Cloud or his family could well be among those horses deemed to be "excess" by BLM and sold. Certainly, it is unlikely they will be together again as a family.

Excess wild horses is a legal term that means horses BLM has decided to remove from an area "to preserve and maintain a thriving natural ecological balance and multiple-use relationship in that area" or for some other legal reason. See 16 USC §1332(f).

Under a 2004 amendment to the Wild Free Roaming Horses and Burros Act, which authorizes BLM to manage these animals, "excess" horses "shall be sold...if the excess animal is more than 10 years of age; or ... has been offered unsuccessfully for adoption at least 3 times." 16 U.S.C. §1333. Any horse sold under this provision is no longer subject to the protections of the Wild Free-Roaming Horses and Burros Act. 16 U.S.C.§1333. Since this amendment became effective, BLM has sold thousands of wild horses for slaughter.

The horses are panicked, terrified, traumatized and many times injured as they are run down by the helicopters. Families will be separated and destroyed, probably forever. It is unlikely the BLM would bother to keep even horses marked for release together in their families.

Go here for more information about what happens to these wild horses and burros when the BLM rounds them up.

As a reason for the removal of the 70 horses including foals from the Pryor Mountain Wild Horse Range, the BLM says only there has been "resource damage". Its EA cites to "[d]eteriorating range and forest conditions associated with past management practices". In BLM's Record of Decision issued this month, August, 2009, the BLM says only the removal will limit the horses to their herd area, "limit competition among wild horses and wildlife" presumably for food, and "prevent deterioration of rangelands and vegetation resources". It is mentioned there has been limited water.

But, according to Cloud Foundation, there has been 3 years of rainfall that has ended the drought and left the range in "excellent condition".

The BLM also refers to a need to "maintain a multiple use relationship for the area".

The wild horses and burros are actually supposed to be protected under the Wild Free Roaming Horses and Burros Act of 1971. In passing that law Congress declared that, "wild free-roaming horses and burros are living symbols of the historic and pioneer spirit of the West"..."[T]hey contribute to the diversity of life forms within the Nation and enrich the lives of the American people". Congress recognized the wild horses and burros are "fast disappearing from the American scene". "[W]ild free-roaming horses and burros shall be protected from capture, branding, harassment, or death; and to accomplish this they are to be considered in the area where presently found, as an integral part of the natural system of public lands." 16 U.S.C. § 1331.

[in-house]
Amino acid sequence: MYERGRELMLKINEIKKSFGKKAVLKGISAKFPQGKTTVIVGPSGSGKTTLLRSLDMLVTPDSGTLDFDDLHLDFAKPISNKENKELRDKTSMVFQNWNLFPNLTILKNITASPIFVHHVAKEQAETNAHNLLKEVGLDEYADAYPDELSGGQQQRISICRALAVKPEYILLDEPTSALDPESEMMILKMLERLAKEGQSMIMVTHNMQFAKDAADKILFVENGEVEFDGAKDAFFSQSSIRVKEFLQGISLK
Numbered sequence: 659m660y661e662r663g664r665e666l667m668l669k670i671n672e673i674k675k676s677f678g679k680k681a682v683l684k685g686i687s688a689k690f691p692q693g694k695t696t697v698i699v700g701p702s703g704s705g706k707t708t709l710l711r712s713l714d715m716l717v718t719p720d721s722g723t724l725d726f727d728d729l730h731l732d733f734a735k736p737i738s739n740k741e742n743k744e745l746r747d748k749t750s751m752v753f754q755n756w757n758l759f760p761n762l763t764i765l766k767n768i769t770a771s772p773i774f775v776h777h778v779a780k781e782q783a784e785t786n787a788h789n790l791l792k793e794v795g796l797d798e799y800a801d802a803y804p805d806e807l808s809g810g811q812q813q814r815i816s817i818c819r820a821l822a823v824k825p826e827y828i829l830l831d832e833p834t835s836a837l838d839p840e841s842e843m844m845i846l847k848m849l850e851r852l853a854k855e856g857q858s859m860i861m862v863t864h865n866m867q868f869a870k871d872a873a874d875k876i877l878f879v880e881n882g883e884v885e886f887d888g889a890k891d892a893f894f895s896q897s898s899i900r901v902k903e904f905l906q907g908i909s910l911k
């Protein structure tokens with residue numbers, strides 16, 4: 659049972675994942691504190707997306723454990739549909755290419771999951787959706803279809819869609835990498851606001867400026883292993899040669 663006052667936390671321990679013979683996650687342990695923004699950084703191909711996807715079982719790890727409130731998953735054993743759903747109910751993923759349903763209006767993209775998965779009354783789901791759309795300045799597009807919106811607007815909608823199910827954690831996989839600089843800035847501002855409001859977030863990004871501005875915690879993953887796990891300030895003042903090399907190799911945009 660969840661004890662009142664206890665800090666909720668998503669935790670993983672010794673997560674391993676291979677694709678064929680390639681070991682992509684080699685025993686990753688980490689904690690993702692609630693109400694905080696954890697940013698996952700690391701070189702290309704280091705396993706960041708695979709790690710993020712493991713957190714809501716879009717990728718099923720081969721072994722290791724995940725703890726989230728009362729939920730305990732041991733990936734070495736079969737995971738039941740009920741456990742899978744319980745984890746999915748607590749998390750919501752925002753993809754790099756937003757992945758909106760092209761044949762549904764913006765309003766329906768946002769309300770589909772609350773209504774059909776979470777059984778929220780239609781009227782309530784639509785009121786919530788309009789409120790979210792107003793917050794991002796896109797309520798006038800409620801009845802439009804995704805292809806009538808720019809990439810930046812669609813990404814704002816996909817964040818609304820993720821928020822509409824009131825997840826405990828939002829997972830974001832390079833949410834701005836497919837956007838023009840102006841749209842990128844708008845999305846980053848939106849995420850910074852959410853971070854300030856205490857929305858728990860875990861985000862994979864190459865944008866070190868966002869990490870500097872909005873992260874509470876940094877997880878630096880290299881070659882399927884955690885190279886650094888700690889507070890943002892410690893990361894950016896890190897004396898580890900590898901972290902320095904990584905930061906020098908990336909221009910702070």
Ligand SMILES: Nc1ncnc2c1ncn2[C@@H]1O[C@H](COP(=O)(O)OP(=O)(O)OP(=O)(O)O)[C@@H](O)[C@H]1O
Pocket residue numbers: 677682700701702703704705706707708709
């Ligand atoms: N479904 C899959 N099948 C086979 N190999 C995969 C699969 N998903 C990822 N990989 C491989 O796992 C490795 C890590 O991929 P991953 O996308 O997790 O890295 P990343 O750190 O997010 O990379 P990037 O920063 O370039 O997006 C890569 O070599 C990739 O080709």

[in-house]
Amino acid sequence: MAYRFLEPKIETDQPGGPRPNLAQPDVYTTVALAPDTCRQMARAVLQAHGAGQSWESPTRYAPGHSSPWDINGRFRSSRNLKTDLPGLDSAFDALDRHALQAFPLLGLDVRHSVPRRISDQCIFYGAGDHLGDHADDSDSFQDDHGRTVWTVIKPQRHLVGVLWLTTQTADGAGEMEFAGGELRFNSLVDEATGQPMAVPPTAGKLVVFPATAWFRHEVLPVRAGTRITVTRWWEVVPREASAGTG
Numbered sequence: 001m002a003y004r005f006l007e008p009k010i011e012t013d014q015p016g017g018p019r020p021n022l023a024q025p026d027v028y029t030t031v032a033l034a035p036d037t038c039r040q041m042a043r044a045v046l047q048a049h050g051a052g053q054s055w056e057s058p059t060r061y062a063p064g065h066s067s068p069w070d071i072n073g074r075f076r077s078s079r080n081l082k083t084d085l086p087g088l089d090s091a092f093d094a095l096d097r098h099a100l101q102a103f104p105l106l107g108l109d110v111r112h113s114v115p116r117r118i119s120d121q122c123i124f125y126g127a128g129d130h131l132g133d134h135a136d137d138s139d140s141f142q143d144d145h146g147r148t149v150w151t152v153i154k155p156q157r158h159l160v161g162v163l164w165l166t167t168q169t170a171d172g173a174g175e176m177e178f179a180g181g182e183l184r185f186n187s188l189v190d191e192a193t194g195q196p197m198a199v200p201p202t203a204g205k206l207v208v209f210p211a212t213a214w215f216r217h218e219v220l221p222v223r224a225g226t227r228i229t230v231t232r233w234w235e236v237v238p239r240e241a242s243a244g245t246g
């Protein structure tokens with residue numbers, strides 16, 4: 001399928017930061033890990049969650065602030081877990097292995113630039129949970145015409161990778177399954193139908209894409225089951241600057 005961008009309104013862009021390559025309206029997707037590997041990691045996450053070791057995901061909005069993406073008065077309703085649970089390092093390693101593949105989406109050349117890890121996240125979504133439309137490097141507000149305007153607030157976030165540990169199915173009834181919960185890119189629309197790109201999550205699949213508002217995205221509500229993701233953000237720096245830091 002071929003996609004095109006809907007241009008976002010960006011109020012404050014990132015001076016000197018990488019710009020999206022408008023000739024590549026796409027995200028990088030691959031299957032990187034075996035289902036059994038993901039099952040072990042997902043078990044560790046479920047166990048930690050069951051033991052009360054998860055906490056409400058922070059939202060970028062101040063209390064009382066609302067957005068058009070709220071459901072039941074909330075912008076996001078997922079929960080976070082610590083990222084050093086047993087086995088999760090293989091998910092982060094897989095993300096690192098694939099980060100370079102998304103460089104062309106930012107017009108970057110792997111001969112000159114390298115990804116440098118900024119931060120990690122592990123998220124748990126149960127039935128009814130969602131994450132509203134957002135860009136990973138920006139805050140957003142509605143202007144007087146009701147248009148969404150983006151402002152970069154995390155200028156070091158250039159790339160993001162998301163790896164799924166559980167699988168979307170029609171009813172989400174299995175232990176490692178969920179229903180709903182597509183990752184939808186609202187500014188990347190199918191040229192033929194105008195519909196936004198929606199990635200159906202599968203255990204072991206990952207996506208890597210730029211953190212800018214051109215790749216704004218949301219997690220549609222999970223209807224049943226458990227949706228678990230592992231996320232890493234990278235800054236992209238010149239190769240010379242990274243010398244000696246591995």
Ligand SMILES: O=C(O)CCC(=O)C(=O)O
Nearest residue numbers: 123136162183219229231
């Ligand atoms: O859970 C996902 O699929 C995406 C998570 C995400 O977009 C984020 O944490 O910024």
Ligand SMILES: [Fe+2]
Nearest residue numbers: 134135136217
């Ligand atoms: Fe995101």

Indeed, the Pryor Mountain wild horses are descendants of horses in the Lewis and Clark expedition that came to be owned by the Crow tribe in the early 1800's. George Reed, Secretary of Cultural Education for the Crow Tribe Executive Branch, wrote in 2006: "We advocate preserving our heritage, culture and language, and these Pryor wild horses are part of our culture."

The WFHBA requires that BLM management activities be at "the minimal feasible level." Id. According to its own regulations, BLM must protect wild horses and burros from unauthorized capture, branding, harassment or death and provide these animals with humane care and treatment. 43 C.F.R. § 4700.

Under the WFHBA, wild horses are "to be considered in the area" where they were found in 1971 "as an integral part of the natural system of the public lands." 16 U.S.C. § 1331. These legally protected areas are known as "herd areas," and are defined as "the geographic area identified as having been used by a herd as its habitat in 1971." 43 C.F.R. § 4700.0-5(d).

A brutal wholesale round up and removal, even slaughter, of so many horses is surely a direct violation of the protections of the WFHBA. It's hardly management of the herd at the "minimal feasible level".

According to the Cloud Foundation, this removal of 70 horses will leave this unique and historical herd genetically non-viable and unable to sustain itself into the future. Equine geneticist, Gus Cothran, Ph.D. of Texas A&M University, states that "a census population of 150-200 is required to achieve the minimum effective population size.... The [Pryor Mountain Wild Horse Herd] has been one of the most important and visible herds within the BLM Wild Horse Program and it is important that it stays viable."

Just last month a federal judge entered an injunction to stop a BLM decision to eliminate an entire herd of horses in a range in Colorado. The BLM had decided simply to eliminate the horses even though the agency agreed the horses were not "excess". The BLM has also decided to eliminate entire herds, 620 horses, from their ranges in Nevada.

The Cloud Foundation, Front Range Equine Rescue and nature photographer Carol Walker, have filed a lawsuit and a motion for a temporary restraining order or preliminary injunction in the federal district court in Washington, DC to stop the roundup and removal of horses from the Range.

The plaintiffs claim the BLM has violated NEPA by failing to prepare and Environmental Impact Statement, consider alternatives, and take a "hard look" at the environmental consequences. They claim the BLM's proposed action means the herd will not be genetically viable. Also, the plaintiffs claim BLM relied on a 2004 study to support its contention the range has deteriorated when there is evidence that since then with the end of the drought, the range conditions have greatly improved.

The plaintiffs also claim these actions by the BLM violate WHBA's mandate to manage the wild horses at the "minimal feasible level" and protect them from harassment, capture and death.

A copy of the Complaint is attached below to this article. Animal Law Coalition will bring you more information about this lawsuit as it becomes available. In the meantime:

Read about BLM's final solution for America's wild horses and burros.

Listen to Angels for Cloud on WFL Endangered Stream Live radio

Go here
for information about and how you can help pass a bill pending in Congress, Restoring Our American Mustangs or ROAM, S.B. 1579, that would restore protections under the Wild Free Roaming Horses and Burros Act 0f 1971 that were lost in 2004.

For more on this historic herd, go to

Information was provided for this article by Equine Welfare Alliance. Photographs courtesy of R.T. Fitch.